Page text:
(1A) I’m paying the same amount (or more) as a novel, yet am deriving waaaaay less entertainment value from the product.
      (1B) Another perk for novels is that I actually get to pick and choose which one I want, so I *know* beyond any shadow of a doubt that there’s a high chance I’ll enjoy the story and thus get my money’s worth.
      (1C) There’s also the whole consumer-empowerment-effect bias that comes into play here. I.E., because I choose the novel I’m more likely to give it many more chances to win me over before abandoning it. “But wait!” some may cry. “Why not just skim the short stories in magazines the same way you do novels?” Been there, done that. It’s not worth it. The effort I put into doing that for EACH short story is equivalent to the same effort I put towards skimming a novel, yet the reward is so much larger for finding a winning novel. Additionally, fiction mags require several suitable stories in one issue before they hit the “purchase-worthy” sweet spot.

      Bottom line: When I drop $9 on SF&F, I’m not paying $9 for 260 pages of high-quality content, I’m paying $9 for about 30 pages of high-quality content. Maybe. There have been SF&F’s where I actually have not enjoyed a single story. Seriously. (I’m not saying the stories sucked, just that none clicked with me, so I effectively wasted my time.)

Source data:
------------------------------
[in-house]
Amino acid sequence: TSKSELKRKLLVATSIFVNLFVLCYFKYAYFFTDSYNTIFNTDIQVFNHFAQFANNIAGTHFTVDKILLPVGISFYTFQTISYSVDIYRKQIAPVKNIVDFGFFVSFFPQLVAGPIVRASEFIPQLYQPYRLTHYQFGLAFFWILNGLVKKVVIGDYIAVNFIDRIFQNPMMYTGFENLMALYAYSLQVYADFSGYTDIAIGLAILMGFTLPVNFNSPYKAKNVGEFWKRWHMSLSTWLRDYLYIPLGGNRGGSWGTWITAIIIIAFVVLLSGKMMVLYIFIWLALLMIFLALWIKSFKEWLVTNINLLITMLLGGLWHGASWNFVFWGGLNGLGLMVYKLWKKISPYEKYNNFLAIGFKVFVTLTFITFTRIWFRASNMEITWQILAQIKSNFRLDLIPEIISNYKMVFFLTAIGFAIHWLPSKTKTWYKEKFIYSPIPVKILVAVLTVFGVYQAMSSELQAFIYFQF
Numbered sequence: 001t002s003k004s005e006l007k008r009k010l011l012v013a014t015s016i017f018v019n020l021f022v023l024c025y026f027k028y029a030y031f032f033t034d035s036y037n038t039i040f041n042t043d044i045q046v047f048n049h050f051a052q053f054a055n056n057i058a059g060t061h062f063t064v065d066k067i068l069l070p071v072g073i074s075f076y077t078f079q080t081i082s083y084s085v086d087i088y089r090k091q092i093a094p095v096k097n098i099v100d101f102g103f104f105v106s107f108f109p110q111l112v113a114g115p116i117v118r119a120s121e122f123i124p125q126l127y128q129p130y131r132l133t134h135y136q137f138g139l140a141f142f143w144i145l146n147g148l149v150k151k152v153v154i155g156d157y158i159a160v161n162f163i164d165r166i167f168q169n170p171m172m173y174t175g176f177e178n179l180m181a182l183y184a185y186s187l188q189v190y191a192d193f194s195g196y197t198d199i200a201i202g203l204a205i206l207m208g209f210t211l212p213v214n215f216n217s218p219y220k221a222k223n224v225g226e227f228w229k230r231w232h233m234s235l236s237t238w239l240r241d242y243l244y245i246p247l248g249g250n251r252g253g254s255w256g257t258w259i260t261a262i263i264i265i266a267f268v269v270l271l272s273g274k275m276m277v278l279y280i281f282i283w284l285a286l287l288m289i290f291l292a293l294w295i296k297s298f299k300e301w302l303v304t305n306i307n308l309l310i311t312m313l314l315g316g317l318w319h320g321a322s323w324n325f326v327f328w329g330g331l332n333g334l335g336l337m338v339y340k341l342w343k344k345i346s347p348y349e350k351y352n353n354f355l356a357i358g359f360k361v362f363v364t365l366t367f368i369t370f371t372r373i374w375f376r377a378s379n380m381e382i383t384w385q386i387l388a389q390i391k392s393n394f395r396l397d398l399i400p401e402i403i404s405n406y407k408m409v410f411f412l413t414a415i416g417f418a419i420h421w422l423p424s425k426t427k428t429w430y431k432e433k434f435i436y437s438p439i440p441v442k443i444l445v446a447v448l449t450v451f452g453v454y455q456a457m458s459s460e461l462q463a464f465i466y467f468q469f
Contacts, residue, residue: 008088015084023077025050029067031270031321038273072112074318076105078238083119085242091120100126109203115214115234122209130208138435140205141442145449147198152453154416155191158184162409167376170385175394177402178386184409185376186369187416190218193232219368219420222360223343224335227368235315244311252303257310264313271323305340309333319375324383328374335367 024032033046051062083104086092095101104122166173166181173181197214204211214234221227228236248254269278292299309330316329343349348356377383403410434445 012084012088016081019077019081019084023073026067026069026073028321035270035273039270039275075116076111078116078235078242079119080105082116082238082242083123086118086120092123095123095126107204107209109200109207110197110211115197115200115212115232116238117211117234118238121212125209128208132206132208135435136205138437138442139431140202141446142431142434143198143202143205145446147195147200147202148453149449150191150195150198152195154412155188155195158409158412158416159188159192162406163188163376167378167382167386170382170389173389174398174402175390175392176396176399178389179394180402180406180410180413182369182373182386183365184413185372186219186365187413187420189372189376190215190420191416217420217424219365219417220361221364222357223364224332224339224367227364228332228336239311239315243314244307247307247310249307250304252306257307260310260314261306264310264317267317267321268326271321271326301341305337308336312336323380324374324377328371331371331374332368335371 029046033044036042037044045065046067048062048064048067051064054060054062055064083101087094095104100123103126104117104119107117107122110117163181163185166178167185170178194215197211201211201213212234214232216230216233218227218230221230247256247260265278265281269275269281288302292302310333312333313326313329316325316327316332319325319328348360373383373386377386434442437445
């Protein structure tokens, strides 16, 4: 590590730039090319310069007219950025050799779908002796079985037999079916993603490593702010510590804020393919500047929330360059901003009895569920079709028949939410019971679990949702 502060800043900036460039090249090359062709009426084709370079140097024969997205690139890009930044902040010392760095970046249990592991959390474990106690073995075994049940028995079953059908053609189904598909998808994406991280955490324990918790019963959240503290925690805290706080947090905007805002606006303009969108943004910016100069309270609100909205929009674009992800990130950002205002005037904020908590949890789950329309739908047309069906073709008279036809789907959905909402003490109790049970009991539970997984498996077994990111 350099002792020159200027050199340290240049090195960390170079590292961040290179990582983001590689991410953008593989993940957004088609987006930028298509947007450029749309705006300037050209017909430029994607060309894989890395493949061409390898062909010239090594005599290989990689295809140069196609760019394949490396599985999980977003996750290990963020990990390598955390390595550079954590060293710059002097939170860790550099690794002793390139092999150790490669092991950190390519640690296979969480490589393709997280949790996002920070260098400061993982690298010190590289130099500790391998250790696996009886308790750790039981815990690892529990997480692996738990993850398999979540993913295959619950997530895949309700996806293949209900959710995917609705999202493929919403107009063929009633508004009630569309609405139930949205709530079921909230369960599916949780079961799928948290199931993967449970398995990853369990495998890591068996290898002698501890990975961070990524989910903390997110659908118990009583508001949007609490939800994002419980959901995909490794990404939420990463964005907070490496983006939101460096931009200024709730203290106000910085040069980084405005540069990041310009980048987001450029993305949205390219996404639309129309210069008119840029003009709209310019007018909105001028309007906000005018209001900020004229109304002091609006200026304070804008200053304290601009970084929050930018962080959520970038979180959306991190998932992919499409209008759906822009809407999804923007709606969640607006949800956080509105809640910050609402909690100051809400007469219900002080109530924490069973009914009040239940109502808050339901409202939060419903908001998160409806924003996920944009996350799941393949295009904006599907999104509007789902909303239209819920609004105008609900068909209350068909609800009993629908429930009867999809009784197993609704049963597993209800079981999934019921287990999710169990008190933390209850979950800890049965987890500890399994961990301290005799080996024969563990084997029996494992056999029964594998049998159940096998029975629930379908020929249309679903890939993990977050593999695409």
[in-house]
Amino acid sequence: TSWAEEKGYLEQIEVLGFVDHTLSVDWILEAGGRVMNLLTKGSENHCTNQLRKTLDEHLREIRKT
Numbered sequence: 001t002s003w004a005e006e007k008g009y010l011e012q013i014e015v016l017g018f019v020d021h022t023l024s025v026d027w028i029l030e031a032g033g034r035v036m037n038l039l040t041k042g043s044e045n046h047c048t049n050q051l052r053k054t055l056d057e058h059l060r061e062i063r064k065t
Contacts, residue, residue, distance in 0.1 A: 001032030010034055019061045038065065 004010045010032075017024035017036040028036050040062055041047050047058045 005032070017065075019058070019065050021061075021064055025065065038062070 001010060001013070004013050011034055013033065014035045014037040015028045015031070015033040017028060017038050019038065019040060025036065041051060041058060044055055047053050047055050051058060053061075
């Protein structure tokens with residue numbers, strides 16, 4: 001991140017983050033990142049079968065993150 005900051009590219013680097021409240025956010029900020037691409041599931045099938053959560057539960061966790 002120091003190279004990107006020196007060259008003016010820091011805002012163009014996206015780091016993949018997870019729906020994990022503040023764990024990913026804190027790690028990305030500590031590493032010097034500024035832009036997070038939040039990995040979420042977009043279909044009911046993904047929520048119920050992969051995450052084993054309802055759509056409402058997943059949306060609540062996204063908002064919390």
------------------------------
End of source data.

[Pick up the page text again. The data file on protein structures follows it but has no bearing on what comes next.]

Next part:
You know, I would have sworn that I had a #2 and #3 to drop as well, but now that I’ve come to it… I really think it does just boil down to the cash. I rarely buy Asimov’s/Analog/SF&F nowadays but when I ask myself “What would it take for me to buy one of them, knowing that I’d likely only enjoy a subset of tales?” I respond instantly with “Cheaper price.” If they sold for $1 per magazine, I would buy them without question and without skimming stories, completely sight unseen.

      If only we had some kind of “app store for ebooks” that reaches billions more consumers than Barnes & Noble ever did, at all hours of the day and night, no matter where they are, and using this far-flung system, publishers could electronically mass-distribute their product with minimal cost for years on end and thus tap into the power of the masses chipping in small amounts over time… But we all know that’ll never happen, so keep churning out that paper Asimov/Analog/SF&F! 😉

      (The above paragraph was supposed to be tongue-in-cheek, but in retrospect it reads a bit too sarcastically. I’m only picking on Asimov/Analog/SF&F because they’re basically the ubiquitous brick-and-mortar standard bearers.)